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Your no-fault complaint is filed, discovery is over, and you are just beginning to accept that your case may have to go trial. But then your auto accident attorney brings up another option: arbitration. What is arbitration, and why would you want to use it as an alternative to trial?
Arbitration is a form of alternative dispute resolution. It pulls your case out of the court system and into a private resolution process. Instead of a judge, a private arbitrator or panel of three arbitrators decide your case.
The arbitration process is often as formal as a full trial. Your auto accident attorney may prepare briefs, present exhibits, or even ask witnesses to testify. Other arbitrators will rely on written evidence summaries, including affidavits expert reports.
Unlike other forms of alternative dispute resolution, an arbitration award is often binding. The parties don’t get to decide whether to accept or not. In fact, one of the down sides to arbitration is that parties have very limited access to appeals if they disagree with the arbitrators’ decision.
There are many reasons why your trial attorney may recommend taking your auto accident case to mediation. Every case is different, but here are a few common causes.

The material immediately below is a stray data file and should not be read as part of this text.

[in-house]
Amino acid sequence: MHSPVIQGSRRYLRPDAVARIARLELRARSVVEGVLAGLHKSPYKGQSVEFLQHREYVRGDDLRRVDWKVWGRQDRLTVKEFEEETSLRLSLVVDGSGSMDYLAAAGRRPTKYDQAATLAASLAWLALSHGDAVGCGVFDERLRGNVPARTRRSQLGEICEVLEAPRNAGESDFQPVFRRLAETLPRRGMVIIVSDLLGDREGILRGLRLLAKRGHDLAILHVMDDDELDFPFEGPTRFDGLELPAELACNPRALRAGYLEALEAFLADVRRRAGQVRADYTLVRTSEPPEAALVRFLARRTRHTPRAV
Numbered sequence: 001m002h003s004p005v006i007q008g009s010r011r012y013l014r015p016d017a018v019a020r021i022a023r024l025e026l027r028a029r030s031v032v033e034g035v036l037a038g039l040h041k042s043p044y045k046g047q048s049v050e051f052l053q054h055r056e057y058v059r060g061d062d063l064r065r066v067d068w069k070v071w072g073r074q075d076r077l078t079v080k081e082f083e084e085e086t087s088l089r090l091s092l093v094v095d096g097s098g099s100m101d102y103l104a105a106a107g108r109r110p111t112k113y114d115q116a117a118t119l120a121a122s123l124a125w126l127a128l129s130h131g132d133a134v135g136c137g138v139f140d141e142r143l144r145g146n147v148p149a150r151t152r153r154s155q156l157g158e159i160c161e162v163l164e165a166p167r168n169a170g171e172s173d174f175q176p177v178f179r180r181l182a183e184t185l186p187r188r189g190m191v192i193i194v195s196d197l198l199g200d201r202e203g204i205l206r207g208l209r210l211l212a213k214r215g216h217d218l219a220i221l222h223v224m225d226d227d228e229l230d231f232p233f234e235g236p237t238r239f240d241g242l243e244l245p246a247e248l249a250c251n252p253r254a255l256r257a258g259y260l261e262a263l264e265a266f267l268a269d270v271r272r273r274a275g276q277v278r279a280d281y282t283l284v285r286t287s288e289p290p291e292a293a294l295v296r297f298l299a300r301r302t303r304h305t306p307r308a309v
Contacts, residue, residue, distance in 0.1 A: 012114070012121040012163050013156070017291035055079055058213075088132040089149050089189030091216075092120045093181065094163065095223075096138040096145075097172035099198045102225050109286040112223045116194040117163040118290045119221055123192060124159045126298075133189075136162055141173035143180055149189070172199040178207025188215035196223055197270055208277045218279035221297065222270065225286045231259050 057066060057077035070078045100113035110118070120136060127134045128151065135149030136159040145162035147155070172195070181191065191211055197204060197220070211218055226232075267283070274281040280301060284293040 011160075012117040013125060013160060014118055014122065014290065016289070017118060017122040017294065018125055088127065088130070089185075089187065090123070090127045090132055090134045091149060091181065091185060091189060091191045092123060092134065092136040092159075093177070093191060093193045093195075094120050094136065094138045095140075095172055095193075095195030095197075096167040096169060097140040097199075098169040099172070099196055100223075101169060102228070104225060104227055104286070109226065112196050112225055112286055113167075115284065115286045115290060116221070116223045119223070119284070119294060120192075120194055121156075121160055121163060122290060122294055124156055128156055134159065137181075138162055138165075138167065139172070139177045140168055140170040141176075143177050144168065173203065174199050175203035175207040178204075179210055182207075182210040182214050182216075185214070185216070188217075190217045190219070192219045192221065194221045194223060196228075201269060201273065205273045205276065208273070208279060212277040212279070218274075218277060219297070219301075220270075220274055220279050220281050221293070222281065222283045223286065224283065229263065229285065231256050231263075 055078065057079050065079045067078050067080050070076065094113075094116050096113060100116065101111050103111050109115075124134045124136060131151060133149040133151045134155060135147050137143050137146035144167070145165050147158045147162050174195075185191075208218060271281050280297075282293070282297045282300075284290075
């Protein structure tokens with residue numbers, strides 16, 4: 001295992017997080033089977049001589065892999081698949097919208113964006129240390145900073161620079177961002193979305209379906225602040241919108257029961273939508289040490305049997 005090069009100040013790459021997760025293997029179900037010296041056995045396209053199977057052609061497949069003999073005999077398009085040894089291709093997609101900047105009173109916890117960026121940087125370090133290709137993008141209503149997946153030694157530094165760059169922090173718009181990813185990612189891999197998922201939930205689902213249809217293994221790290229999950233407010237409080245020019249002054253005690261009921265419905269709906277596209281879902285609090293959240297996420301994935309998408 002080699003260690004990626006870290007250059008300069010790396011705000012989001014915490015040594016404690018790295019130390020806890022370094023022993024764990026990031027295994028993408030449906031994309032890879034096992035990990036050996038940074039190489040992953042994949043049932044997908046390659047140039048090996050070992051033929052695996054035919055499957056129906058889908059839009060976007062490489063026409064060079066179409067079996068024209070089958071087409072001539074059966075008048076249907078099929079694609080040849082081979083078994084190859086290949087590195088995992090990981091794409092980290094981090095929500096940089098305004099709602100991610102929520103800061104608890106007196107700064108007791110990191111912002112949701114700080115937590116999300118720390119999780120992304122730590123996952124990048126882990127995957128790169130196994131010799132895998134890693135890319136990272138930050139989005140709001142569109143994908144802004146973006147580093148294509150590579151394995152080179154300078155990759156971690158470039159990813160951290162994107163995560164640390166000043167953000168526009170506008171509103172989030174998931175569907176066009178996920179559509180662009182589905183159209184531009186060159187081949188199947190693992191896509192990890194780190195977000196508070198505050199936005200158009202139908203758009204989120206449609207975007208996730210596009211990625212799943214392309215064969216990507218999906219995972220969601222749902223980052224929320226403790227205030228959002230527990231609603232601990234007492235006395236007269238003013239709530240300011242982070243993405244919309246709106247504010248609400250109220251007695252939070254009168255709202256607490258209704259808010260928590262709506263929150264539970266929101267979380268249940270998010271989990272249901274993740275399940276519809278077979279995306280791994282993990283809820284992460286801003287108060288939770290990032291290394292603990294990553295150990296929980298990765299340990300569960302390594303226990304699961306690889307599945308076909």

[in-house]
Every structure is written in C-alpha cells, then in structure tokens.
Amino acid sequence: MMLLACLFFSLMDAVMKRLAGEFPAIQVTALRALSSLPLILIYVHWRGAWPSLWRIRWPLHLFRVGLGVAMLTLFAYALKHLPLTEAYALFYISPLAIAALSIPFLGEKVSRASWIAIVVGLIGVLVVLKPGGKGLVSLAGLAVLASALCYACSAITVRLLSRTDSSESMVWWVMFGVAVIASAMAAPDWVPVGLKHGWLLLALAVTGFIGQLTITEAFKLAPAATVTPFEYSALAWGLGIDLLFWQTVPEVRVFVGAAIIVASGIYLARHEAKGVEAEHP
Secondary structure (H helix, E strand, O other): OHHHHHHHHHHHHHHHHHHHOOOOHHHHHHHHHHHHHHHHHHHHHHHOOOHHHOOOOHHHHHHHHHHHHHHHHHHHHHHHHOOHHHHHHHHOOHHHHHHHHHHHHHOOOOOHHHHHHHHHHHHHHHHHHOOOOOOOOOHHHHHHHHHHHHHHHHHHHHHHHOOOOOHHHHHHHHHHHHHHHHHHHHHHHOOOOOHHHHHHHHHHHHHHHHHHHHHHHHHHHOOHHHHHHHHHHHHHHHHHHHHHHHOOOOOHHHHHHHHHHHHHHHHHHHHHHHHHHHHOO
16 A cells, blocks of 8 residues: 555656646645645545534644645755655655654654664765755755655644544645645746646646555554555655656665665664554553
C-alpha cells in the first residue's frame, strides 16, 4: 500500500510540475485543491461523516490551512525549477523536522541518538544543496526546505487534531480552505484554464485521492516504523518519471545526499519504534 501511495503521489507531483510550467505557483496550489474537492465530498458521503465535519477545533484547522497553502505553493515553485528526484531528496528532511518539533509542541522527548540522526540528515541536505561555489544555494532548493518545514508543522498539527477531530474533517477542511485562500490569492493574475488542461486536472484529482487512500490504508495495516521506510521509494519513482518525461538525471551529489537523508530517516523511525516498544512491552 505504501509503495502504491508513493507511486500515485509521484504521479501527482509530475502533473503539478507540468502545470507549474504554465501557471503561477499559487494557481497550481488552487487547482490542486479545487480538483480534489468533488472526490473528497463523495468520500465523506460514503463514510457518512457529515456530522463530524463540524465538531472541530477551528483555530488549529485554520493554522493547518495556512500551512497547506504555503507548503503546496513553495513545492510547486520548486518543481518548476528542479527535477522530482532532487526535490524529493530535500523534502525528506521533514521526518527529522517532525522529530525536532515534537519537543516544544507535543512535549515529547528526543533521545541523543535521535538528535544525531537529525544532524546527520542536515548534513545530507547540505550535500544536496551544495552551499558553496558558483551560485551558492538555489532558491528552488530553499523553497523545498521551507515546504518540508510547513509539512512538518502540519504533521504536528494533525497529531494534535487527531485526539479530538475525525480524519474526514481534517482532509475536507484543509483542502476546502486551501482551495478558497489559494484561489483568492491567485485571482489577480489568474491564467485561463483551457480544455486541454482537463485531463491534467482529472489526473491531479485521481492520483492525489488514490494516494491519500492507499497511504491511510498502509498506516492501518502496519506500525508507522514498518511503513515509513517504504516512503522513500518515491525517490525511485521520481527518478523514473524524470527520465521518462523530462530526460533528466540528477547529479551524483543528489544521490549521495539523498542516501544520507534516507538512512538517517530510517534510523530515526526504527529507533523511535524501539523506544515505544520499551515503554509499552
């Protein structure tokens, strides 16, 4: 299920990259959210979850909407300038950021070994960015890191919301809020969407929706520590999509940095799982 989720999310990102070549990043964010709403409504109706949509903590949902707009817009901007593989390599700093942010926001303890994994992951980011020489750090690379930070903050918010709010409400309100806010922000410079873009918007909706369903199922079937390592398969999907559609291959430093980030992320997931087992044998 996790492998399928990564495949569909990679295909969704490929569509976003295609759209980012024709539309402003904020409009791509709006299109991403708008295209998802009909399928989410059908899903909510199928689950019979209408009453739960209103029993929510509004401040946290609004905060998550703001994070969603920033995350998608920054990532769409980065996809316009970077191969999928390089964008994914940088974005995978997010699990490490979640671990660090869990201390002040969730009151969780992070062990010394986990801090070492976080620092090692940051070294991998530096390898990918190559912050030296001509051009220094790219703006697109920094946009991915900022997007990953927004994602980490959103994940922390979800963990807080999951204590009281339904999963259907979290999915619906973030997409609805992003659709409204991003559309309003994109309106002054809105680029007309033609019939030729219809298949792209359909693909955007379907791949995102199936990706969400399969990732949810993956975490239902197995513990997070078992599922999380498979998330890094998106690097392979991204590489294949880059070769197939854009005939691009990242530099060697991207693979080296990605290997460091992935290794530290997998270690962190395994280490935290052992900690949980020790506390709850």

If you are suing your auto insurance company based on your uninsured motorist insurance (UIM) policy, you may have no choice but to take the case to arbitration. Many UIM policies contain mandatory arbitration clauses built into their contracts. By signing your policy, you agreed that if there is any legal dispute, it will be decided outside of court. If you file a lawsuit without first trying to resolve the case through arbitration, you could end up having your case dismissed.
Juries are not always reliable when it comes to complicated medical or legal issues. If your recovery depends on the decision-maker understanding that an unusual treatment was reasonably necessary for your recovery, for example, you may be better off selecting educated arbitrators to make the decision.
The reality of the Michigan court system is that it can take months and sometimes more than a year to take your case from complaint to trial. If you need to get your relief more quickly, arbitration can often cut the process short.
As the injured motorist, it may not be the time or expense that pushes you to accept arbitration. It may be the privacy. Everything is resolved privately, so, you can avoid having your testimony and medical records become part of public record.
There are lots of pros and cons to arbitration. If you think it might be helpful for your case, schedule time to talk to the experienced trial attorneys at Christensen Law to discuss your options.